accepting responsibility for learning
working well with others
accepting disappointment and moving on
not isolating self from others
concentrating on task at hand
integrating and applying new information
willingness to change
making good use of time
systematically taking care of business
setting long- and short-term goals
· Think carefully about your reasons for wanting to go to your chosen program. If you want to help people, for example, then why medicine instead of teaching, social work, firefighting?
Prepare yourself to write several drafts and to show your drafts to several readers. Choose
· someone who understands and appreciates the purpose of your essay
· someone who will ask you to clarify any questions the essay raises
· someone who is not afraid to critique your essay and tell you if it has faults
· someone who is a great proofreader
As you can see, this might not all be the same person. The more people you ask to read your drafts, the better you can make it. Listen, but don’t necessarily take all the advice you are given. If you want to be the reader of your early drafts, put the draft away for awhile before you revise.
Activity Two: Now that you have written a paragraph (or maybe two), look back at it and see if and how it depicts the attributes you want to get across in your statement. Does it demonstrate these qualities rather than just claim that you have them?
· Make your first paragraph powerful and interesting so that readers will want to know more. It might be the most relevant piece of writing you ever do, and the most significant.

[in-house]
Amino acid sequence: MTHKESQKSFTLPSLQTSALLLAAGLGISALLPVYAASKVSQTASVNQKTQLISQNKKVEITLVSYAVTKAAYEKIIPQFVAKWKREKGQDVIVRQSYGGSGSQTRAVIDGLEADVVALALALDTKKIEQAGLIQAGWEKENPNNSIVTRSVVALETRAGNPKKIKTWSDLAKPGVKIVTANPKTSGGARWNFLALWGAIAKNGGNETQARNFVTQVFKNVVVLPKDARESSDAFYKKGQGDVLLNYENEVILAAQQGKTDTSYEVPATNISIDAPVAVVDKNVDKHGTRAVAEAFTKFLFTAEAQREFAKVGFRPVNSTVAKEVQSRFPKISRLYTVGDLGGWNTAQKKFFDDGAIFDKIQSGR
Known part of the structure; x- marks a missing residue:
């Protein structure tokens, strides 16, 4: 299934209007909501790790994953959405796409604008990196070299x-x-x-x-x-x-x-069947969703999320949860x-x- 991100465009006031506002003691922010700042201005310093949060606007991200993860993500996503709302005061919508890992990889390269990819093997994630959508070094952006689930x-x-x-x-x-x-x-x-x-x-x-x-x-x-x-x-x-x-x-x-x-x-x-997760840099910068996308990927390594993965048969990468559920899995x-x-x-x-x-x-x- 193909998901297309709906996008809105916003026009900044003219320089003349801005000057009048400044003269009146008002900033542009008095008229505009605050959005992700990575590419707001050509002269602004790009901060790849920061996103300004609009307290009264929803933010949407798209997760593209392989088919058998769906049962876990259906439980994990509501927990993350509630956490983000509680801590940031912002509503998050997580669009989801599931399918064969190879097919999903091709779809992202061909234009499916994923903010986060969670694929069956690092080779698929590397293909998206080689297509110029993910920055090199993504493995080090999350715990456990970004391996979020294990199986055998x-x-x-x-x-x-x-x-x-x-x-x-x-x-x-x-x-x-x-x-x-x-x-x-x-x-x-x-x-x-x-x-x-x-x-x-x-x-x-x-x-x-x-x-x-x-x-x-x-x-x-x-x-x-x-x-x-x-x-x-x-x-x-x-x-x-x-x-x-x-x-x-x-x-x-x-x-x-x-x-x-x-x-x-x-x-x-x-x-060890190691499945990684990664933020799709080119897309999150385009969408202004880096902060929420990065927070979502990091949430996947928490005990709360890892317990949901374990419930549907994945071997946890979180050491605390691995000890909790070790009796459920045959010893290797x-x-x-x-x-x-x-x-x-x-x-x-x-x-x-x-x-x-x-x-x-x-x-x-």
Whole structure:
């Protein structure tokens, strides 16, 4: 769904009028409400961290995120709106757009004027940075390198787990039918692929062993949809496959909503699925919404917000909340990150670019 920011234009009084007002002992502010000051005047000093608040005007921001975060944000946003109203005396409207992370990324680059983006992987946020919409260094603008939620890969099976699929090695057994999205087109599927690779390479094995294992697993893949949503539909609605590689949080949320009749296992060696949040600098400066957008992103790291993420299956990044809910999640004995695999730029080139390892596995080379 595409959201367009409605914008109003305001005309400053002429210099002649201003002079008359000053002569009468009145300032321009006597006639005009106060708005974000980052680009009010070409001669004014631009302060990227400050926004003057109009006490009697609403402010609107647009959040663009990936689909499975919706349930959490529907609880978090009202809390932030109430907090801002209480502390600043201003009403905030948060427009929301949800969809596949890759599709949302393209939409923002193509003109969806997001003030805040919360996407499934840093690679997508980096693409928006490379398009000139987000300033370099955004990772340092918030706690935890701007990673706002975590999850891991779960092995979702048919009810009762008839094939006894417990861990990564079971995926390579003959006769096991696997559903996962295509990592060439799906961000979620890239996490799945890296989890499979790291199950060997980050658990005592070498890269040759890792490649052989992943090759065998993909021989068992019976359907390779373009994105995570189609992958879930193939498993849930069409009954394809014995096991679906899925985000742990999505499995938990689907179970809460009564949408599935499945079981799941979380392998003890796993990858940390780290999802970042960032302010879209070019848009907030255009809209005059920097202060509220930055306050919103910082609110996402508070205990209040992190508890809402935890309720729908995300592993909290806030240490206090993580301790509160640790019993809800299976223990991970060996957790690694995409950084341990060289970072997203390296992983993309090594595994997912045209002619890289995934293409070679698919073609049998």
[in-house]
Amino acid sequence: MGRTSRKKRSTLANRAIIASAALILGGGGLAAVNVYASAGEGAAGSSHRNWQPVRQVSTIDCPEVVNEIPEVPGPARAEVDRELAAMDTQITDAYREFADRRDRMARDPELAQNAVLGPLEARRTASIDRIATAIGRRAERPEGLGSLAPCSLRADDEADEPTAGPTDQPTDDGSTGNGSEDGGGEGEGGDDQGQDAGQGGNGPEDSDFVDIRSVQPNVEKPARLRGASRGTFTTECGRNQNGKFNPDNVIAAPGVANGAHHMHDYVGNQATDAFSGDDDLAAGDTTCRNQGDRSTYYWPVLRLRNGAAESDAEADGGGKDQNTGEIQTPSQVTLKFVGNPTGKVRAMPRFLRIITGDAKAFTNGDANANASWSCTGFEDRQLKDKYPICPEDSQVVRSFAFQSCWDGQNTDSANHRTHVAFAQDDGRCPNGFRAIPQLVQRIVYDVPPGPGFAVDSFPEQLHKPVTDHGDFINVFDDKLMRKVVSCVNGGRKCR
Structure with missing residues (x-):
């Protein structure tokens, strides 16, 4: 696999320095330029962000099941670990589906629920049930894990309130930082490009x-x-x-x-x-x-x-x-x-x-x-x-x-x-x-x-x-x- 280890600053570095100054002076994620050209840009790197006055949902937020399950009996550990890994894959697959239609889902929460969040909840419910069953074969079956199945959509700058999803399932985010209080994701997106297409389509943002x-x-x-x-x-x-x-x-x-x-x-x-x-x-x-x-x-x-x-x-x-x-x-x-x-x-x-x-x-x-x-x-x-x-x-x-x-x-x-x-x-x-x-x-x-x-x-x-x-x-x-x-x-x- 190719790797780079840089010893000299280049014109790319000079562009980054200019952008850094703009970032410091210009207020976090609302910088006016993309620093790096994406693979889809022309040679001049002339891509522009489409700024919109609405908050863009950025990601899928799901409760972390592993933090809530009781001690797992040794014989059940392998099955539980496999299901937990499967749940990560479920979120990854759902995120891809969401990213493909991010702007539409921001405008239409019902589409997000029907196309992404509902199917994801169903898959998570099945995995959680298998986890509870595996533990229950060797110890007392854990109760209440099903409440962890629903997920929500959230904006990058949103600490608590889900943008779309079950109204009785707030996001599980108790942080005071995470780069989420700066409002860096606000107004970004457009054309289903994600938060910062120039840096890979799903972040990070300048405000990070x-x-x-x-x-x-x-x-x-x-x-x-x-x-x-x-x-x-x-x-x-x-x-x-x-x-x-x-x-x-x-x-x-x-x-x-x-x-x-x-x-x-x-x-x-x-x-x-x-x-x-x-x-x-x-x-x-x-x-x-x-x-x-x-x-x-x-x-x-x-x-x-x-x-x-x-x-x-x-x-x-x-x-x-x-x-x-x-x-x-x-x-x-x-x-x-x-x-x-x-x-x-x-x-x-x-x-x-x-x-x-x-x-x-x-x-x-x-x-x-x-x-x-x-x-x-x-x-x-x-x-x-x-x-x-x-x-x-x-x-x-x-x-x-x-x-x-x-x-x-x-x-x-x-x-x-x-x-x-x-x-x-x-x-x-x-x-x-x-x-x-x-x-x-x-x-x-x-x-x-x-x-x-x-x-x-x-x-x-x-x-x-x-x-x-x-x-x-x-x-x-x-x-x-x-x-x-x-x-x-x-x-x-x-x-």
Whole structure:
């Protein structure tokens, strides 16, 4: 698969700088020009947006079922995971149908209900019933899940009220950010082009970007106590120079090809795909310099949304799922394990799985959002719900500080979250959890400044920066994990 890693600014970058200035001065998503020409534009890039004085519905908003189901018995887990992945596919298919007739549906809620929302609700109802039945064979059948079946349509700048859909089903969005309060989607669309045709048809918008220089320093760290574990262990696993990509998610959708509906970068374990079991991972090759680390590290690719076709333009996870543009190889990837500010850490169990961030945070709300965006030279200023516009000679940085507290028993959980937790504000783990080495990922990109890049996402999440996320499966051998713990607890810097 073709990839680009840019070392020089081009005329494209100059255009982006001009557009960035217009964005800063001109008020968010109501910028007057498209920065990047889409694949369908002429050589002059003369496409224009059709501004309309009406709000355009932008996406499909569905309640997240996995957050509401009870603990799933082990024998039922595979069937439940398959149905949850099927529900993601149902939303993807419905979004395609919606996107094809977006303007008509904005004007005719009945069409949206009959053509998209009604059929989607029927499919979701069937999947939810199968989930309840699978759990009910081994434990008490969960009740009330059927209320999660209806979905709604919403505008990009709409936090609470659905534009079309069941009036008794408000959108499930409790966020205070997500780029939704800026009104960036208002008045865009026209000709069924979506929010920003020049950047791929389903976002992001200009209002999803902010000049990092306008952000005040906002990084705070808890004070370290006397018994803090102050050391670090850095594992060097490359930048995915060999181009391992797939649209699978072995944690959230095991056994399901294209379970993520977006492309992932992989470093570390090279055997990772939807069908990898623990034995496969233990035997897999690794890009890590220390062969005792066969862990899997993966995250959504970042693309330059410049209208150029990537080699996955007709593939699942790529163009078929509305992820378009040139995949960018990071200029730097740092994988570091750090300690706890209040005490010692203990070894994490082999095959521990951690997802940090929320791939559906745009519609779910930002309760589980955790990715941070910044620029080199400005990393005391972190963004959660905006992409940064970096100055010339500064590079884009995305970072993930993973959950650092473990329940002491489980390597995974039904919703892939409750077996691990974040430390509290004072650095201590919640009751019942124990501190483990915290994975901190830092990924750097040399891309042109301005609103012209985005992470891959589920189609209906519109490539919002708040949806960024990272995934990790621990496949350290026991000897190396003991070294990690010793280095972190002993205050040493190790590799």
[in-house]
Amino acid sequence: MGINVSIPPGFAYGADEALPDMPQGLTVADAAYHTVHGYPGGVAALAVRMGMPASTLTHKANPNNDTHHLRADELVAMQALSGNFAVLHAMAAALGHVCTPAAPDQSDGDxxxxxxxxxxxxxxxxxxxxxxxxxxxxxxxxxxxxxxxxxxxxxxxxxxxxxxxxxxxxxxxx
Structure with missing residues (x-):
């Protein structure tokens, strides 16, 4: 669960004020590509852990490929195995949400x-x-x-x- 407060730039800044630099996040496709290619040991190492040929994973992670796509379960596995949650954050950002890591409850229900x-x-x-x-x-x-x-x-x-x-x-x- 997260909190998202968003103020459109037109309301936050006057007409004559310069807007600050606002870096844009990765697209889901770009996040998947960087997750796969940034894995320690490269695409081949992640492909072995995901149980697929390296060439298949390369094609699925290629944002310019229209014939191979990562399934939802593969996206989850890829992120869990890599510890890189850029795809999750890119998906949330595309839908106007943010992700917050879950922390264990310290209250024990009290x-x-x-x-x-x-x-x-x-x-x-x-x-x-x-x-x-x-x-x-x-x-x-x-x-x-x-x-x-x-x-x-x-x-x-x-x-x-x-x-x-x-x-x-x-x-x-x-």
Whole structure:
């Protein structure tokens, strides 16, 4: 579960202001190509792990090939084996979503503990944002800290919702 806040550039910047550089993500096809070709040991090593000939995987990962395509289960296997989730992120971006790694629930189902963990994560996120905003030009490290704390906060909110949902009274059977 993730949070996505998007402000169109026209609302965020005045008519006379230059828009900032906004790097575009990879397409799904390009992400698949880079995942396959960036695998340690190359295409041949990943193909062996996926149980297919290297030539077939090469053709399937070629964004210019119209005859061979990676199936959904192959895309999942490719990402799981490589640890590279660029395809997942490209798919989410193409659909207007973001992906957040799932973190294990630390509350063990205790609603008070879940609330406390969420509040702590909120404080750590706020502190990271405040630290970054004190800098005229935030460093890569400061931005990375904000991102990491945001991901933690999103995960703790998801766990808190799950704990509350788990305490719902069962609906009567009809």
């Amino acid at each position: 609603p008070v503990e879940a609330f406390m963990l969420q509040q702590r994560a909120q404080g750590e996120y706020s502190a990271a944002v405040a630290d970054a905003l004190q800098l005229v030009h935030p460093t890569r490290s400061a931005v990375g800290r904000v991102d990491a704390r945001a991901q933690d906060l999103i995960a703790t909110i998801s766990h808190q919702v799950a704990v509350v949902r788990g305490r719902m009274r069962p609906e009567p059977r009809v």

· Show, don’t tell. Imagine all the essays your admissions committee will get and how
weary readers will be of essays that tell them: “I am motivated,” or “I am a hard worker.” Demonstrate these qualities.
· Most graduate schools expect your essay to be almost perfectly punctuated and grammatically correct. You can put this step (editing) off till last, but don’t skip it.
· Limit the amount of space you use to describe laboratory experiments. A blow-by-blow account is not a good personal statement.
· Use the essay to clarify lower-than-expected grades or gaps in your record.
· Think of and highlight those aspects of your experience or philosophy or personality that will set you aside from other applicants.
· Make sure you use an excellent printer for your final copy.
· Keep a copy of your essay. Keep your early drafts, numbered, in case you decide to go back to something you discarded earlier.
· Think of your educational delays as strengths, times when you had experiences that shaped you in some way that makes you stand out.
Keith Russell Ablow, M.D. Medical School: Getting in, Staying in, Staying Human. New York: St. Martin’s Press, 1990.
Evelyn W. Jackson, Ph.D. and Harold R. Bardo, Ph.D. Write for Success: Preparing a Successful Professional School Application, 3rd ed. Champaign, IL: National Association of Advisors for the Health Professions, Inc.